Design Hunter Profile: George Harper
Ben Morgan sits down for a chat with Melbourne-based office-worker-turned-designer George Harper, founder of Tide Design
It’s a dream for so many of us; to throw in the office job and follow our creative dreams. Well, George Harper took that leap, going from working behind desks, to designing and making them.
“Design to me is a means to an end – not the end itself,” he says. “Design is all around us, it’s all pervading, and its ends can vary so much – from purely function to purely aesthetic to everything in between.”
George set up Tide Design in 2007 to market the furniture he had been making, also finishing his 2-year designer/maker course in the same year. “I had spent many years in various office roles and was at a point where a change was needed – so why not turn the part time hobby into a full time career?”
Function is of the highest importance to George: “I wouldn’t want to produce an uncomfortable chair for example”. From there it’s all about elegance, lightness, detail and quality for the designer, “and producing something fresh – but not necessarily ‘of the minute’. I’m striving to produce furniture that is timeless”.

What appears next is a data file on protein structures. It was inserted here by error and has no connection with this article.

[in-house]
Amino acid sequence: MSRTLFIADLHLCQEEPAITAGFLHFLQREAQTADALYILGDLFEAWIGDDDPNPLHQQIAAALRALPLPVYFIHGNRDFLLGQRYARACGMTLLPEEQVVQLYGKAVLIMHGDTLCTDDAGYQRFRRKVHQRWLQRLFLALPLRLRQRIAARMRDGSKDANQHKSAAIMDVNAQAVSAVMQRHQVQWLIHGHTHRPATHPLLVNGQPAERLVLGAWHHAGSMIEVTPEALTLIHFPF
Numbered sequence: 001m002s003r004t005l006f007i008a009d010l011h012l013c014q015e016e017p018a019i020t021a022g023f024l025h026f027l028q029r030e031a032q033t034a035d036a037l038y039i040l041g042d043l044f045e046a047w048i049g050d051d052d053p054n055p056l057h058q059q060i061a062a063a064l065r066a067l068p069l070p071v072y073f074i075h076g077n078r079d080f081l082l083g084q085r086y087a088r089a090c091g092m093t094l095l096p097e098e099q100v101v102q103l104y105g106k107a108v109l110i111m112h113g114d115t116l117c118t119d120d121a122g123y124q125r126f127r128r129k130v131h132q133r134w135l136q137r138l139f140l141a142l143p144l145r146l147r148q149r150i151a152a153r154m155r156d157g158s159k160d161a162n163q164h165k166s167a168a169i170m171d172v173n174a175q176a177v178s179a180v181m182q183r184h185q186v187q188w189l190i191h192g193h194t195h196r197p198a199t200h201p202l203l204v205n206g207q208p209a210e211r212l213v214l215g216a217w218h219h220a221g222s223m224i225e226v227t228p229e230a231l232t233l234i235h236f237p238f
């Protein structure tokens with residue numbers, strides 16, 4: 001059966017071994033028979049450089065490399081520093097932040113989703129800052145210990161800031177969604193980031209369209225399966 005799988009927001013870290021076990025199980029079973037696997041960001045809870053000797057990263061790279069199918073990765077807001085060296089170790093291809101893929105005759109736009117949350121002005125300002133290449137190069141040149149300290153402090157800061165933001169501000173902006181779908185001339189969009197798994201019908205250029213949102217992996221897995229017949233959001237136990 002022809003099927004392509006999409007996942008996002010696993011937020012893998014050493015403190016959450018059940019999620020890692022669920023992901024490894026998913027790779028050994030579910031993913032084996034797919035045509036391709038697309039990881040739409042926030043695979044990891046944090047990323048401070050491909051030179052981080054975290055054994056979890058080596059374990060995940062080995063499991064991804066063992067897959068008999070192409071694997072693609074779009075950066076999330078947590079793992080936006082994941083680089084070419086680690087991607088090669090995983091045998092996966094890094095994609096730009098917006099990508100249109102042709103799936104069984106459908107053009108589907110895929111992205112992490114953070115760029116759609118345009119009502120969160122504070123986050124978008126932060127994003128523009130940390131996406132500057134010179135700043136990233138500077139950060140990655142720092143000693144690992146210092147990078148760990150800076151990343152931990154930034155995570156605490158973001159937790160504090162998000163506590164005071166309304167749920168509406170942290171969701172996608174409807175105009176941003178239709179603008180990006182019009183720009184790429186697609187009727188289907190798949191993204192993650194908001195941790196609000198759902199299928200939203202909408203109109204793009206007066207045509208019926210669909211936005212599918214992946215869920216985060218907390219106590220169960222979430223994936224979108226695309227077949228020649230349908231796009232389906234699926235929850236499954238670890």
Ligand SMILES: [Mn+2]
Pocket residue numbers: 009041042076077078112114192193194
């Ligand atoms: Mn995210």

Influenced heavily by Scandinavian design of the 1950s – “I love the simplicity but also the character and warmth that they both embody” – George finds an endless stream of ideas coming from his own experiences as a designer/maker.
“Sometimes inspiration comes from things that happen by accident – an irregular-shaped off-cut for example. Sometimes it’s found in my direct environment. But most often it comes down to cold hard persistence with pencil on paper trying to find an appealing form or line.”
There are a few Tide Designs that George is particularly proud of, including the Yo chair and round Lyssna dining table. “Both of these have evolved from earlier designs and although they were developed independently it was great to see how well they sat together.”
When it comes to sustainability George has a straight forward view: “The more sustainable our environment the better – surely there can be no argument. And I think the responsibility falls on everyone’s shoulders – from designer to consumer… The cornerstone of my philosophy is that I’m making furniture that is designed and built to last for generations.”
We hear you on that George, our thoughts exactly.